When Myrlie Evers-Williams steps to the microphone Monday to give the invocation at President Barack Obama’s inauguration, she brings her own significant career along with her place in history as the widow of slain civil rights leader Medgar Evers.
She raised her children, who were home the night their father was gunned down just steps from his front door. She fought for justice that took too many years to come. (White supremacist Byron De La Beckwith was convicted more than 30 years after the 1963 murder.) She moved to California for a fresh start. She remarried. She had a successful business career, ran for Congress, wrote books and chaired the NAACP. A few weeks ago, Evers-Williams even donned a red dress and fulfilled a dream of the grandmother who raised her by using her classical piano training to play at Carnegie Hall.
Along the way she racked up many firsts. And so being the first woman, and the first layperson, to give the invocation doesn’t faze her as she celebrates the inauguration of the first black man elected — and now reelected — president of the United States.
She and Medgar Evers always knew there would someday be a black president — an act of faith in an era of hatred and discrimination. Evers said the threat of violence against them as they worked for civil rights in Mississippi was so ever-present that they trained their 8- and 9-year-old children to hit the floor and find refuge in the bathtub if they ever heard loud noises. (That’s exactly what the older children did the night of the murder, taking their 3-year-old brother with them.) “Toward the end of his life we became realists … that he would not live much longer. He challenged me to take care of his children. He said, ‘You are stronger than you think you are.’ ”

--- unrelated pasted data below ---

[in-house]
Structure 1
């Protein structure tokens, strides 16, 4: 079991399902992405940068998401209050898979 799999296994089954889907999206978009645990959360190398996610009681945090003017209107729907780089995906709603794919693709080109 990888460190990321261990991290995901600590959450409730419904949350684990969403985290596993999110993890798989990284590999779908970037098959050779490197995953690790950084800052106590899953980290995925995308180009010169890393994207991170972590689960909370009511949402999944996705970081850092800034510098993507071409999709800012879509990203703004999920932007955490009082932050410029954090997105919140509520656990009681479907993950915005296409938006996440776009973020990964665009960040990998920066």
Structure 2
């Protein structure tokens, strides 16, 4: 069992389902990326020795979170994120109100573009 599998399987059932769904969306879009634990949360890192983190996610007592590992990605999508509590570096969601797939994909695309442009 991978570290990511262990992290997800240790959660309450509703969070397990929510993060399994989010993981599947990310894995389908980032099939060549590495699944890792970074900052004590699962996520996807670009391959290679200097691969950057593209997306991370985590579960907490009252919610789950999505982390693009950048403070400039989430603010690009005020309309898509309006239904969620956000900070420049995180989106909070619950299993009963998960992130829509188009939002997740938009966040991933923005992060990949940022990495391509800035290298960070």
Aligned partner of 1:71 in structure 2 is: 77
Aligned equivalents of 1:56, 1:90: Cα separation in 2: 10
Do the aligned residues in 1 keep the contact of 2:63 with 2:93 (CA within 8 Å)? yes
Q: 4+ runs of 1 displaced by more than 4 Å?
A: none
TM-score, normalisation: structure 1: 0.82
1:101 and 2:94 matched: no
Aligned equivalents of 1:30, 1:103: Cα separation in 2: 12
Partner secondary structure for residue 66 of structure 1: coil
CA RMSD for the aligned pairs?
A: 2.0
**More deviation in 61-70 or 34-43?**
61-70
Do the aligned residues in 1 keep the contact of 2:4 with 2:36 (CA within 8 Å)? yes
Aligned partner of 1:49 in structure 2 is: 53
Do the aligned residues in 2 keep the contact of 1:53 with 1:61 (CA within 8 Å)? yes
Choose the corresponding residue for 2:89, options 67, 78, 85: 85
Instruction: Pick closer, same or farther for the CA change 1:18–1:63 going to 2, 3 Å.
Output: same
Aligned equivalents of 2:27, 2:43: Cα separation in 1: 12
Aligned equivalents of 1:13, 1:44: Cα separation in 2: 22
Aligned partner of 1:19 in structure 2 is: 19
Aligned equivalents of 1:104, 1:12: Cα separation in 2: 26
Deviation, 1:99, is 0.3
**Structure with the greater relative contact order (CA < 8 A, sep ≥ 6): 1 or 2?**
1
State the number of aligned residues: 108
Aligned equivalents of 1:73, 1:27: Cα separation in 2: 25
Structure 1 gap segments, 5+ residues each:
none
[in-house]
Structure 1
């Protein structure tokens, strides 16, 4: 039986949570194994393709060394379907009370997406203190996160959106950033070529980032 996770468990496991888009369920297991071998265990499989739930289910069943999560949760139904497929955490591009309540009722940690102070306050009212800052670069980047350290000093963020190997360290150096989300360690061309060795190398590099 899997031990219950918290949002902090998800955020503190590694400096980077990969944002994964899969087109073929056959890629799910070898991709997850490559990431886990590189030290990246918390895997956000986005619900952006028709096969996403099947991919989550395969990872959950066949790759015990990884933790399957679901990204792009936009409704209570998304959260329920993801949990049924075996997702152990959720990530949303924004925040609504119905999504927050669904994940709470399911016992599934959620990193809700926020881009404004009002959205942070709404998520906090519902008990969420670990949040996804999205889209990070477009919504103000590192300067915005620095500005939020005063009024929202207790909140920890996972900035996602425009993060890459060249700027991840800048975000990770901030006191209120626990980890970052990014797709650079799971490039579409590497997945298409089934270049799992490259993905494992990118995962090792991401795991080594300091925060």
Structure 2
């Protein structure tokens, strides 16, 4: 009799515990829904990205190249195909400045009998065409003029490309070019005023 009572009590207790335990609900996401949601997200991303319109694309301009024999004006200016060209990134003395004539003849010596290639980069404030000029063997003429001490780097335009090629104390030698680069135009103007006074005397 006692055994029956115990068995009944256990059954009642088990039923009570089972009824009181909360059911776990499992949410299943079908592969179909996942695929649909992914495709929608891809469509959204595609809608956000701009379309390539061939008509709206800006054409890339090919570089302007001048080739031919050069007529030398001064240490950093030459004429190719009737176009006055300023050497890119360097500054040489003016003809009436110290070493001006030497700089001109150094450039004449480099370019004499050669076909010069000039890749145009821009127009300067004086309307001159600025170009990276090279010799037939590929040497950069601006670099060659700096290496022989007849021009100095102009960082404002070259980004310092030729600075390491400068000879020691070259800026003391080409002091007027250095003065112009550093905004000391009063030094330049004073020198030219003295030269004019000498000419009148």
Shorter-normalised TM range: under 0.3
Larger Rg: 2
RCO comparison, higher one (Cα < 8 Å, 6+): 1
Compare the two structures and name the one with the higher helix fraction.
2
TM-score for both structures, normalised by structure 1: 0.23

Over the years, Evers-Williams says, “I have personally moved from being hurt, seeing my children damaged, being full of hate and determined to pay back society … to finding ways to help my state, my nation.
“Fifty years ago this country was in turmoil — racial inequities, murders, the inability to register to vote. I believe the country has put forth an effort to find ways to eliminate most, if not all, of those issues. [But] we certainly find enough ills in American society to not rest on our laurels.”
Obama has advanced the cause of civil rights, though “maybe not in an aggressive, in-your-face manner many people had hoped to see,” she says, adding: “With his second term, he should be free to explore, to cajole. I want to see him as aggressive as he can possibly be with regard to education, race, health — all those basic things. Why not step up and be more aggressive than in the first term?”
Medgar Evers is buried in Arlington National Cemetery, just across the Potomac River from where she will speak Monday to hundreds of thousands. On Sunday she visited his gravesite as a busload of students arrived from Alcorn State University — the same college where, on her first day as a student, she met the dashing Army veteran who would become her husband.
“To see those young, intelligent people come together and be driven all the way from Lorman, Miss., to be in the presence of his grave and spirit did a world of good for me,” she said. “It was a beautiful moment.”
Photo: Evers-Williams in 2010 at the 41st NAACP Image Awards in Los Angeles. Credit: Mark Davis/Fox/PictureGroup/AP Images